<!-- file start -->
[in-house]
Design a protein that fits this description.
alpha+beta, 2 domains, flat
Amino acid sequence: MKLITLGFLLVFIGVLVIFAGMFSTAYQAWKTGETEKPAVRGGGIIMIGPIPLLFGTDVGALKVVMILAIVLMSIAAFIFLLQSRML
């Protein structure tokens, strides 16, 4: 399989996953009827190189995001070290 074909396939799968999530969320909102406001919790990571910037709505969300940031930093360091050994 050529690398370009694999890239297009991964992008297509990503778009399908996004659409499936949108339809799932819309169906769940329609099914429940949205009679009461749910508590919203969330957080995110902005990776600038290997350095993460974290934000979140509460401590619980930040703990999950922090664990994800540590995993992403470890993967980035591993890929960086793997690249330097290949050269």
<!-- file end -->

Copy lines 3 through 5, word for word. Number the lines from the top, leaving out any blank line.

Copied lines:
alpha+beta, 2 domains, flat
Amino acid sequence: MKLITLGFLLVFIGVLVIFAGMFSTAYQAWKTGETEKPAVRGGGIIMIGPIPLLFGTDVGALKVVMILAIVLMSIAAFIFLLQSRML
């Protein structure tokens, strides 16, 4: 399989996953009827190189995001070290 074909396939799968999530969320909102406001919790990571910037709505969300940031930093360091050994 050529690398370009694999890239297009991964992008297509990503778009399908996004659409499936949108339809799932819309169906769940329609099914429940949205009679009461749910508590919203969330957080995110902005990776600038290997350095993460974290934000979140509460401590619980930040703990999950922090664990994800540590995993992403470890993967980035591993890929960086793997690249330097290949050269």